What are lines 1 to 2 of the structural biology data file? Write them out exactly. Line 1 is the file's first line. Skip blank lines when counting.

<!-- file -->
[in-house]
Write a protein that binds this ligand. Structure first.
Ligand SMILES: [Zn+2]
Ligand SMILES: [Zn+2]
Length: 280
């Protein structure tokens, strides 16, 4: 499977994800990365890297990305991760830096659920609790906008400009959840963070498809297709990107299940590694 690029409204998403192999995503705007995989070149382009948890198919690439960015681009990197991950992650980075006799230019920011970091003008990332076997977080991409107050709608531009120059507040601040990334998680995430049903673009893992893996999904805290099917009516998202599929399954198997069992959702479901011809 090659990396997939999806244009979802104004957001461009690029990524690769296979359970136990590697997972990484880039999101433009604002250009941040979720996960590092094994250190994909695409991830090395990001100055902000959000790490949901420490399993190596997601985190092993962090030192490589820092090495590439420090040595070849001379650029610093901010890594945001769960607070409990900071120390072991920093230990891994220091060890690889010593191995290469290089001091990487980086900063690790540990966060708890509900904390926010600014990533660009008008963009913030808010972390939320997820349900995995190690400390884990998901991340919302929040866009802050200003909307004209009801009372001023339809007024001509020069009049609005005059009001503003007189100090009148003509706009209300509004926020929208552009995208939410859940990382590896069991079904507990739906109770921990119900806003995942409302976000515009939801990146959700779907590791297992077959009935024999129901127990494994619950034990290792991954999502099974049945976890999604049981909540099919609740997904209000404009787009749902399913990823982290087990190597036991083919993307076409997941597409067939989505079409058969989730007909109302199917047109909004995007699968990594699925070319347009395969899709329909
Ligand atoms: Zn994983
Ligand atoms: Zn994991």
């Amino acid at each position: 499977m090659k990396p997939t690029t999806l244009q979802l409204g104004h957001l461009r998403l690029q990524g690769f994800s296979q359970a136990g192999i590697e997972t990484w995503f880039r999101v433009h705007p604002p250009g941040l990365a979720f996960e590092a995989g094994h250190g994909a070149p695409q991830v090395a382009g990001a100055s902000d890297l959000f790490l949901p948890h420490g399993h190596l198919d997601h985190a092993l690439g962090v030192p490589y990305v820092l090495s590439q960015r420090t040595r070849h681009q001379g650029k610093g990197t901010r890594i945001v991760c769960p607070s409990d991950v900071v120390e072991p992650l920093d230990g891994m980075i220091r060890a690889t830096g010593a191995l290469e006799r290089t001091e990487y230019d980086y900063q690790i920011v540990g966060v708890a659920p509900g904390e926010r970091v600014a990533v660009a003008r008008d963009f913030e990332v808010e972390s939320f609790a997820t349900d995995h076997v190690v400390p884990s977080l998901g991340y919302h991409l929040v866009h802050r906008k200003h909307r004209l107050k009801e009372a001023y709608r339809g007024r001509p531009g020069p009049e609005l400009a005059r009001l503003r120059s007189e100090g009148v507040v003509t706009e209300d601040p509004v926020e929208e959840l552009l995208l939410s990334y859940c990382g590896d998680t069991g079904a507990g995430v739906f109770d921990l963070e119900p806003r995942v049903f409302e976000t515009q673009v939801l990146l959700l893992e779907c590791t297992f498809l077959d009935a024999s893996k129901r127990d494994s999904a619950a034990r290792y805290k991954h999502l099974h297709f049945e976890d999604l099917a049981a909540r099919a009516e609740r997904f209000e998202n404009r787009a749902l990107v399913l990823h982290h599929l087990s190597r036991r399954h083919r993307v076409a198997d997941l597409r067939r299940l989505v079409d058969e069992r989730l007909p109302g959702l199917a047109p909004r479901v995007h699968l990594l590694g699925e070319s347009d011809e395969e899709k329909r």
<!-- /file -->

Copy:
[in-house]
Write a protein that binds this ligand. Structure first.